School District of Lee County responds to board member’s controversial claims

Reporter: Sydney Persing Writer: Jackie Winchester
Published: Updated:
Gwyn Gittens said photos of the outside of portable buildings at an undisclosed school bring her pain that students have to go to school in these conditions. (Photos shared by Gwyn Gittens)

The School District of Lee County has responded to a board member’s claims that students are learning in dangerous conditions.

WINK News first showed you on Wednesday some exclusive photos from Gwyn Gittens. The photos show rusty doors and chipped cinder blocks holding up portable classrooms. Gittens would not disclose the school these photos were taken at but said these conditions are unacceptable.

The district responded Thursday, with spokesman Rob Spicker saying students most definitely do not go to school in dangerous conditions.

“The portables in the photographs are all from one campus, and they were inspected by a state-certified fire inspector in January,” he said.

Spicker said that’s when the district made a plan to fix the portables that had problems, but that fix hasn’t happened yet. The work will be done after school lets out for the summer.

“Had there been any life-threatening hazards, the inspector would have immediately shut down the use of those portables,” Spicker explained.

WINK News asked Spicker, “Should parents be concerned that below a life-threatening threshold, there could be any danger to their students learning in those portables?”

“No, our portables are inspected every year by the state fire inspector,” he replied. “And if they were to determine that those portables were not in use, we would shut them down.”

Gittens doesn’t buy it. In a phone call Thursday, she told WINK News the photos she shared speak for themselves, loud and clear.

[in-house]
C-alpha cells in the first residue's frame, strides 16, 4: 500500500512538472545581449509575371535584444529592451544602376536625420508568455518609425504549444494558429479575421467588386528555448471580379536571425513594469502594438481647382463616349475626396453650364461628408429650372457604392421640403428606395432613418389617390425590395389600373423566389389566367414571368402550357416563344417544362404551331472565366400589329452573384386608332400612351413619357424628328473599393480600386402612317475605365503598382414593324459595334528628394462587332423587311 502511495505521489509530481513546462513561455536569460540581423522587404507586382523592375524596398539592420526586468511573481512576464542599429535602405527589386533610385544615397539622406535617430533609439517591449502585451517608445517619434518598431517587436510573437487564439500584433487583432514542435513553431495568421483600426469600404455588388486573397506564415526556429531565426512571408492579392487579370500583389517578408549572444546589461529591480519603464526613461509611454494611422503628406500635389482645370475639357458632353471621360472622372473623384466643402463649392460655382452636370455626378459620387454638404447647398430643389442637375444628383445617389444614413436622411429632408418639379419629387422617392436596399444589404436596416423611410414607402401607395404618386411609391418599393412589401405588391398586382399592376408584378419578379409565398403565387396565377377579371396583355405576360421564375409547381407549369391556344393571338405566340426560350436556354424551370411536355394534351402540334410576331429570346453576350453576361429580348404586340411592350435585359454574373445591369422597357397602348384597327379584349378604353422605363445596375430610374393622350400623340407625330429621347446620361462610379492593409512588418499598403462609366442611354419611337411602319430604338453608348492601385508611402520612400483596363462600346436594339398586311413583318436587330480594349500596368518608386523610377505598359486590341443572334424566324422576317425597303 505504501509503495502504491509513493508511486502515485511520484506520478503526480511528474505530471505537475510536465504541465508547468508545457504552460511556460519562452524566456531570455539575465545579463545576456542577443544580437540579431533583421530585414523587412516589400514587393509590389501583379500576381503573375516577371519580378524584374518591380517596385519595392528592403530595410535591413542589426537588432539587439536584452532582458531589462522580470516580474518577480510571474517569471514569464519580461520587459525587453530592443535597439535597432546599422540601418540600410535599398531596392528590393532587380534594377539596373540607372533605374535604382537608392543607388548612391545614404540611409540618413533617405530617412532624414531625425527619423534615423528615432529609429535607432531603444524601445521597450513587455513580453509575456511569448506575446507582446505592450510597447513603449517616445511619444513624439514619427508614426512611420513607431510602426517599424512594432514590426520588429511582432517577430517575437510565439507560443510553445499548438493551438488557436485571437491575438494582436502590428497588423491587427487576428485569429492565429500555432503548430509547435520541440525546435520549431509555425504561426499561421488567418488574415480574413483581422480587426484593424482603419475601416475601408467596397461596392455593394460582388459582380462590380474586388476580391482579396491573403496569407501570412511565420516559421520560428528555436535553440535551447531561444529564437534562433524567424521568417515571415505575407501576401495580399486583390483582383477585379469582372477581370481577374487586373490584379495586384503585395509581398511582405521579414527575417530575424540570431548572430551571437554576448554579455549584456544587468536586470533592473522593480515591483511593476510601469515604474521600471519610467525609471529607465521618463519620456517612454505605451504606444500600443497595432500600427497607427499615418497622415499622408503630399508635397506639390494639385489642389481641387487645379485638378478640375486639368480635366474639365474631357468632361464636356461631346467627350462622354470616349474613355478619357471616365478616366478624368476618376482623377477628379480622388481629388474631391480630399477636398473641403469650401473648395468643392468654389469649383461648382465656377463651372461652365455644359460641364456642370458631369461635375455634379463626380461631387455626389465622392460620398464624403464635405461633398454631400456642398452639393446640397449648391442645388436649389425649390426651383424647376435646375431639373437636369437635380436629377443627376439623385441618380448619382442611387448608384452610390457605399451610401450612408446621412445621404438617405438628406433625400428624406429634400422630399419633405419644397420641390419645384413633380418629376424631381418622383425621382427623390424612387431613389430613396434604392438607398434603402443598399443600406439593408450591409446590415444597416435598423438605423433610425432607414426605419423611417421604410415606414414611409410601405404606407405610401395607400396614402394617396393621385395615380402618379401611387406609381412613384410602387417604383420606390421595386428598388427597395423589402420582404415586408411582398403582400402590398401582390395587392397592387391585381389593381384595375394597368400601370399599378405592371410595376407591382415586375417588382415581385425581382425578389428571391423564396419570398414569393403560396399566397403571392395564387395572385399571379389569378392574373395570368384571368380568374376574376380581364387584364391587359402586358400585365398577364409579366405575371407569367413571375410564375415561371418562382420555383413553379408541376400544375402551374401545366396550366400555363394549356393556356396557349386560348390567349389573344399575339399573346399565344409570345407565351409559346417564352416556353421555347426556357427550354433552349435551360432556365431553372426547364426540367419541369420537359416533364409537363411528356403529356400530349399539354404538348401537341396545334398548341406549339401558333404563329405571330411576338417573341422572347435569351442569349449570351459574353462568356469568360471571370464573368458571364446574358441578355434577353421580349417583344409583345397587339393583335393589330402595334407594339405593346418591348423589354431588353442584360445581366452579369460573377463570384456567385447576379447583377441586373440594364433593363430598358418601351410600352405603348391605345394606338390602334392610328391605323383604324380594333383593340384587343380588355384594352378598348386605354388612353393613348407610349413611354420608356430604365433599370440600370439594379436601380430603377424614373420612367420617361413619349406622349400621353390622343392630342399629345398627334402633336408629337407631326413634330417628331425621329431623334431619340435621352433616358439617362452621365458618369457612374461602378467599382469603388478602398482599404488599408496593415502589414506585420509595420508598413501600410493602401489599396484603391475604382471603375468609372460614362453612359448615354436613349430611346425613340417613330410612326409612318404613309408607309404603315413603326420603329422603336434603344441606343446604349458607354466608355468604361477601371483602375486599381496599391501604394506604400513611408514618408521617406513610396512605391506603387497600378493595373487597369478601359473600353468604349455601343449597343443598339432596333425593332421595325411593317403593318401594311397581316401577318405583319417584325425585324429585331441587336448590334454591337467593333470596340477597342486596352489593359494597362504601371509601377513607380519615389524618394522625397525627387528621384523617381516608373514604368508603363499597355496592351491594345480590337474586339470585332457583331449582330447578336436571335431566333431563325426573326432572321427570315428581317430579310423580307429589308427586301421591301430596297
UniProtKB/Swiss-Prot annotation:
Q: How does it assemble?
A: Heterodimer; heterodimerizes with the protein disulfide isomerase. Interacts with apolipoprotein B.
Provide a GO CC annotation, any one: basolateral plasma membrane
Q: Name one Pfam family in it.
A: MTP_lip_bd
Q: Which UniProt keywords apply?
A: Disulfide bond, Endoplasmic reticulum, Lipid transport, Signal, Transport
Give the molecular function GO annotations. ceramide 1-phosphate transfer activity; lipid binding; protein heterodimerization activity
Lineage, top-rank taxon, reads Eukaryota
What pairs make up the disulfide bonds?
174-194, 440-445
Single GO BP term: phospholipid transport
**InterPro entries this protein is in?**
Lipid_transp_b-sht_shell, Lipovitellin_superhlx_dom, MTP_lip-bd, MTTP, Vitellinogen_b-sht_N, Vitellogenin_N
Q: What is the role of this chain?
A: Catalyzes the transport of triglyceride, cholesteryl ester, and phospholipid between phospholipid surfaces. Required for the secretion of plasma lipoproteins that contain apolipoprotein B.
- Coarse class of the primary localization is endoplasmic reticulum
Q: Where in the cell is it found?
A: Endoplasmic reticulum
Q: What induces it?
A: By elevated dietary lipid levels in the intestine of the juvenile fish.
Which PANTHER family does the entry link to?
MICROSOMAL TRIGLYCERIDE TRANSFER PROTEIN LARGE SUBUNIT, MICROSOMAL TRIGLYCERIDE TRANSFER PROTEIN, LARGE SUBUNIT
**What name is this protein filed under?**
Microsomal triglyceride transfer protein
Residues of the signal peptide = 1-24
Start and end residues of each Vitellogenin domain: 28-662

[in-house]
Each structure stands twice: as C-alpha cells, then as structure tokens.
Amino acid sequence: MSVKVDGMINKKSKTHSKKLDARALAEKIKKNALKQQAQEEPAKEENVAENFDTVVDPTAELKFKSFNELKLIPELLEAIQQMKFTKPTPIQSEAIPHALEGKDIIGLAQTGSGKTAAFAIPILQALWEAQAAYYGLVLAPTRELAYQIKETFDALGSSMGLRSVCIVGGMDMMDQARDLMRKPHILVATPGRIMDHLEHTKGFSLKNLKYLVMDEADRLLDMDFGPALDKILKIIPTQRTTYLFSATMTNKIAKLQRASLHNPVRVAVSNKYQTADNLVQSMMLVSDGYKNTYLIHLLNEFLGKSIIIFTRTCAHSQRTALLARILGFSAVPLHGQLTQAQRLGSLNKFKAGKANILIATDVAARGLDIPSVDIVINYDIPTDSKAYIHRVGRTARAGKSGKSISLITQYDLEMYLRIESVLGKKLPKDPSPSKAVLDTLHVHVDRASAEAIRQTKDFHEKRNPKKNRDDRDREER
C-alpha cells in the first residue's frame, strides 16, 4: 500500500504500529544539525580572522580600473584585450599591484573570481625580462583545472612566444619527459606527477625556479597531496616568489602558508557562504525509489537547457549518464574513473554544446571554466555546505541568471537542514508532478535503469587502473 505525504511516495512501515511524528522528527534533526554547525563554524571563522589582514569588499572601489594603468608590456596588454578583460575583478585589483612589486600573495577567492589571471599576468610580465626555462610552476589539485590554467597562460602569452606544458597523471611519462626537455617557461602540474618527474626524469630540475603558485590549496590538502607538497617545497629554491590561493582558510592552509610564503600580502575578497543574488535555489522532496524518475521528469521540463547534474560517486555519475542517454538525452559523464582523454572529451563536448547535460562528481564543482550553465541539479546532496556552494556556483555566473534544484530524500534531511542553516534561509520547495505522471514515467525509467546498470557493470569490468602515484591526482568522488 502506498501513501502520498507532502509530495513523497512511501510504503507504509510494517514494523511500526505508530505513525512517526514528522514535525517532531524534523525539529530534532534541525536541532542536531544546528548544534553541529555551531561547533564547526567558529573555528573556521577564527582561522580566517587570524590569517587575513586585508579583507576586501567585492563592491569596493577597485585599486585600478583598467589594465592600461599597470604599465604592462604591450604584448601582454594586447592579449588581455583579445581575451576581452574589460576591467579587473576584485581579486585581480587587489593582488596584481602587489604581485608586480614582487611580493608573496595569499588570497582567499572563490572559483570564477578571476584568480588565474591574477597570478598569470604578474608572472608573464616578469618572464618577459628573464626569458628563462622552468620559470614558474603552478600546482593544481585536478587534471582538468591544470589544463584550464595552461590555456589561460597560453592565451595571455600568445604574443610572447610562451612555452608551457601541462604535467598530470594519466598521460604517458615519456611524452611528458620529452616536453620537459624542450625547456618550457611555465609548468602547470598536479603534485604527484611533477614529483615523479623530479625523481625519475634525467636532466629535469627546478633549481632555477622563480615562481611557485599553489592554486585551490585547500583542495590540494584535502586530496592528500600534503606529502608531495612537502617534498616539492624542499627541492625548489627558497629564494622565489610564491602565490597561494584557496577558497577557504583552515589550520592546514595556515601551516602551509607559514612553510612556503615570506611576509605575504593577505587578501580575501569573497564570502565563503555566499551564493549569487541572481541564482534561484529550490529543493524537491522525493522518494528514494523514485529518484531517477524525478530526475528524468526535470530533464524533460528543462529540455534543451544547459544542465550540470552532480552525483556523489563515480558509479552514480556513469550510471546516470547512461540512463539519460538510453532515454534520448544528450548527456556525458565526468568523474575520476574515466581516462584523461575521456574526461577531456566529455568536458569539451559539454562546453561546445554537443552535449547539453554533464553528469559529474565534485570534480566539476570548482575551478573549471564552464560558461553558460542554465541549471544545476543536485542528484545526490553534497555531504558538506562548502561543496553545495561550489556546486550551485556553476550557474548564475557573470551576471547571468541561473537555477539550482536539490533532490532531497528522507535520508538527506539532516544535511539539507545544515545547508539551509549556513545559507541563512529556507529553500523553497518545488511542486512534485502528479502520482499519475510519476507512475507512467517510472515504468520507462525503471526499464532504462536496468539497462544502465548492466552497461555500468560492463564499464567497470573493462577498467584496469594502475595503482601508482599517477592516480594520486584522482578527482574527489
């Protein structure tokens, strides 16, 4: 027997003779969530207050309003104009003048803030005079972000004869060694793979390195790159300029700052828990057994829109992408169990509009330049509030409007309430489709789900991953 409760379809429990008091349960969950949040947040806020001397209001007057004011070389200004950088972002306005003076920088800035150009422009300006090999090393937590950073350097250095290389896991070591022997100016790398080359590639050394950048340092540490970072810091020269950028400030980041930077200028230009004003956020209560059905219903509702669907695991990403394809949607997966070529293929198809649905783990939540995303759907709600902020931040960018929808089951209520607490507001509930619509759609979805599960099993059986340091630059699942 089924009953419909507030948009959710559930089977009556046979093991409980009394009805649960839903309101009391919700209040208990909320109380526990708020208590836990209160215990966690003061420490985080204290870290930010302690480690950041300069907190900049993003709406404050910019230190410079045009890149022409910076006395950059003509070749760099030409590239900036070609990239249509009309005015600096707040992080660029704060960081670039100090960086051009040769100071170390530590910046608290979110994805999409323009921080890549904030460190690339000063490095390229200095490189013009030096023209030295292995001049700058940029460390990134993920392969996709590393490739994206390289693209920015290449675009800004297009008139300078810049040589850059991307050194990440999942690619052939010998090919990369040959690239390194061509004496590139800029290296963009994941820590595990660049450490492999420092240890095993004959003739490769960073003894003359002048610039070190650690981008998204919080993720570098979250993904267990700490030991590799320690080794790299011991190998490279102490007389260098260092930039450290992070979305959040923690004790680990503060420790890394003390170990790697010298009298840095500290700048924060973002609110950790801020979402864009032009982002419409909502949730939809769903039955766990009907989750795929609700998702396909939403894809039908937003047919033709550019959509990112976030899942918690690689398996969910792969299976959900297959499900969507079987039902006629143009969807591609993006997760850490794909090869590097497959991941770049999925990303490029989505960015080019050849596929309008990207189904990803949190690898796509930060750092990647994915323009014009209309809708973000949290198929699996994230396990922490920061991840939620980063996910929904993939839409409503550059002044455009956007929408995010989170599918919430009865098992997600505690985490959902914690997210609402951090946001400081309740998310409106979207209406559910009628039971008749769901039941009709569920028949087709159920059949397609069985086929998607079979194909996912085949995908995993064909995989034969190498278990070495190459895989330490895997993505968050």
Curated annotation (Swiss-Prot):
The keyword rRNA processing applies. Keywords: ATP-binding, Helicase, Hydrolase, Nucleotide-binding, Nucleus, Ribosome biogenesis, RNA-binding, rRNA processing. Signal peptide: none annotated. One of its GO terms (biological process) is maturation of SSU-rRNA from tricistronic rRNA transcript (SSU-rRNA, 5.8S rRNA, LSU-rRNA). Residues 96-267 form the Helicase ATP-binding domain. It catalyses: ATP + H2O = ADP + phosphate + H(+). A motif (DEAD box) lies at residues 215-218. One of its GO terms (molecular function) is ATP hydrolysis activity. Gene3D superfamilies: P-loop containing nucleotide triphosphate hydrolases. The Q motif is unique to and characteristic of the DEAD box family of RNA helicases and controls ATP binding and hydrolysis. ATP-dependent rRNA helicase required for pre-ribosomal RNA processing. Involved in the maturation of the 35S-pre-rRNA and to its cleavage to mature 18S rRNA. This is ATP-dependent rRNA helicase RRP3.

Debbie Jordan, school board chair, said she’s disappointed and frustrated that Gittens came to WINK News with the photos instead of the district.

Gittens said she tried to call a special meeting weeks ago to address a number of her concerns and she was voted down.

“She did ask for a special meeting, and based on not having information on what the special meeting was about, that meeting did not happen,” Jordan said.

“I keep hearing about not being able to take care of the students. This right here is taking us away from what we need to be doing.”

Jordan and the district directed WINK News to a May 2020 document that shows the board, including Gittens, approved inspection reports 7-0.

On Wednesday, Gittens told WINK News she hadn’t seen the inspection reports. The district and Jordan referred WINK to a May 19 document in which the board approved building and portable inspections unanimously 7-0. When asked about that document in her phone call Thursday with WINK News, Gittens acknowledged she did in fact vote for approval of the reports.

She said, however, that repairs were supposed to begin in January, not in June. And to that point, she reiterated that the photos should speak for themselves.

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